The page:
Do something related to what you want to be every day. I try to free-write something every day, even if it’s just a scrap or stub. Sometimes I will use a prompt, although most of them are pretty generic. Importantly, I try to read a couple of poems a day – either from a collection or from a site like the Poetry Foundation. I like the latter because I don’t know what to expect and get broad exposure. Poetry should be disruptive, and it’s easier to be surprised and outside your comfort zone when you don’t know what you’re getting into. The other thing is to try and go out into the world and experience things actively – try to really look at things and see them with fresh eyes. There’s a lot of juice in trying to describe something in a very specific way. I don’t know that I tap my darkest fears. I’m a reserved sort, clinical and academic by temperament and training. I tend to want to keep those things for myself. Poetry tends to work against that, which makes for an interesting struggle.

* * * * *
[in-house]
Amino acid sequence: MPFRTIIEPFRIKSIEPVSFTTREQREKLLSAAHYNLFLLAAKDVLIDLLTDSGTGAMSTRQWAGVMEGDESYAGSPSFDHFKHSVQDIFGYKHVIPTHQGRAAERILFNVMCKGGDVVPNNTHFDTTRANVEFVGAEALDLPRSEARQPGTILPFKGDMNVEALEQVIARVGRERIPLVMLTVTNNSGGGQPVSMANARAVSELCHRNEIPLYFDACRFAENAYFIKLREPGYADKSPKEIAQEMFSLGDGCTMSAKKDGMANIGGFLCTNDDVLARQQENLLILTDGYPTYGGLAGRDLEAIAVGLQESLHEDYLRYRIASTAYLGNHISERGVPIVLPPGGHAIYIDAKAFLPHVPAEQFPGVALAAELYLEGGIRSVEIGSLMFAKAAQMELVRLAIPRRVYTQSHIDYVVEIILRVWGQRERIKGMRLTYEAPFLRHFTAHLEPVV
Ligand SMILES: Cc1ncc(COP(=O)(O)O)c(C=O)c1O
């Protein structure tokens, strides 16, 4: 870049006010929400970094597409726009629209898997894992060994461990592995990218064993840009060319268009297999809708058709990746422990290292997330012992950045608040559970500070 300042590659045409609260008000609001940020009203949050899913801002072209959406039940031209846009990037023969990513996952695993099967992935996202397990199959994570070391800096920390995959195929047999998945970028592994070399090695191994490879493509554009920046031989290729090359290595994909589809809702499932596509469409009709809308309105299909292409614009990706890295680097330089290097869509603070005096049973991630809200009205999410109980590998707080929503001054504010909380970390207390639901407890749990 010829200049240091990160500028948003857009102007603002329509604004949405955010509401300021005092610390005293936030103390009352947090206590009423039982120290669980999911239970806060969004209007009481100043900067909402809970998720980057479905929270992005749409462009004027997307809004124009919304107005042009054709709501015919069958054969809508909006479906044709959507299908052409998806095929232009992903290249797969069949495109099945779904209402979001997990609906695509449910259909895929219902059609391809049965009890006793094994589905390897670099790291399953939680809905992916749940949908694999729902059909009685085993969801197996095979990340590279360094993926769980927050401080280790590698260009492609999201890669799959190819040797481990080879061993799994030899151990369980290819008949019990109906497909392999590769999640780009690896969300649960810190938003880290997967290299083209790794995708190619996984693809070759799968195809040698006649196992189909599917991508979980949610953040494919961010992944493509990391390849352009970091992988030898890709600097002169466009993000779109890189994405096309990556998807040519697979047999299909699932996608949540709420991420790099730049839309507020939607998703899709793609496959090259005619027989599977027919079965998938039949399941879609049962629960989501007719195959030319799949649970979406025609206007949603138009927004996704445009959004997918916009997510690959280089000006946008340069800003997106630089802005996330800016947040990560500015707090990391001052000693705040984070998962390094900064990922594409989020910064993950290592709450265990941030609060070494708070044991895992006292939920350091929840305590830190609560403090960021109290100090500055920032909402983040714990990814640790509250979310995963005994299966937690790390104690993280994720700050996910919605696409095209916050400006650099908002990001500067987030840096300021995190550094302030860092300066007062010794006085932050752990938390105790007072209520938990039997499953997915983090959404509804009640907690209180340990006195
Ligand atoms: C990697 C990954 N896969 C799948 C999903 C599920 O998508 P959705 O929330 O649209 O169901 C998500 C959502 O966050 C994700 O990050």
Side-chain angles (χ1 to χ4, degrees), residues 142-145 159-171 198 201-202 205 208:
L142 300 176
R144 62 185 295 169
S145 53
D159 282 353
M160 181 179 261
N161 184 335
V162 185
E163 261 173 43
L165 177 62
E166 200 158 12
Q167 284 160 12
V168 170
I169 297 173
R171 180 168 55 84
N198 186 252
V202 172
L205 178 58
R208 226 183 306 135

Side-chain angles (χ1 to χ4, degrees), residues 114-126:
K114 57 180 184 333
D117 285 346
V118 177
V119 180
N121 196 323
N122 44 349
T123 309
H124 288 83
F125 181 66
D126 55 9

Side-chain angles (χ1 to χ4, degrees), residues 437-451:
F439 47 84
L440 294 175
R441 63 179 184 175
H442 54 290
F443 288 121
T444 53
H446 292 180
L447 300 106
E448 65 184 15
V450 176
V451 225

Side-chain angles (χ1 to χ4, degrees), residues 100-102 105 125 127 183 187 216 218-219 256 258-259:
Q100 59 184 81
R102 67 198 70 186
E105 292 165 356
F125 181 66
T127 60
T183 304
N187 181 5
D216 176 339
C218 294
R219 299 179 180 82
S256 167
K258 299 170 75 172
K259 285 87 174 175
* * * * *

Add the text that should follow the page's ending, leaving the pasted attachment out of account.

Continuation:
Now if you want a more nuts-and-bolts answer I think you take a draft and the real magic is in the editing phase. I doubt a lot of good poetry is done on the first draft. You go through and examine each element and non-element -words, punctuation, line-breaks, white space – and ask whether it pulls its weight. What is its function? How does it relate to the other elements? Is there a better alternative? This is what I like about writing poetry – the longer a work gets, the harder it is to do that, and I want to, which means writing prose takes a very long time for me. You just can’t work at that level of detail on a novel, can you? But good poetry requires it; otherwise you just have a collection of evocative phrases with bad grammar. [NB: this can also be a valid choice, as long as it is a choice.]

How do you balance the need to be evocative and disturbing with the constraints of poetic structure and form? Are there any particular strategies you use to create tension and build suspense in your horror poems?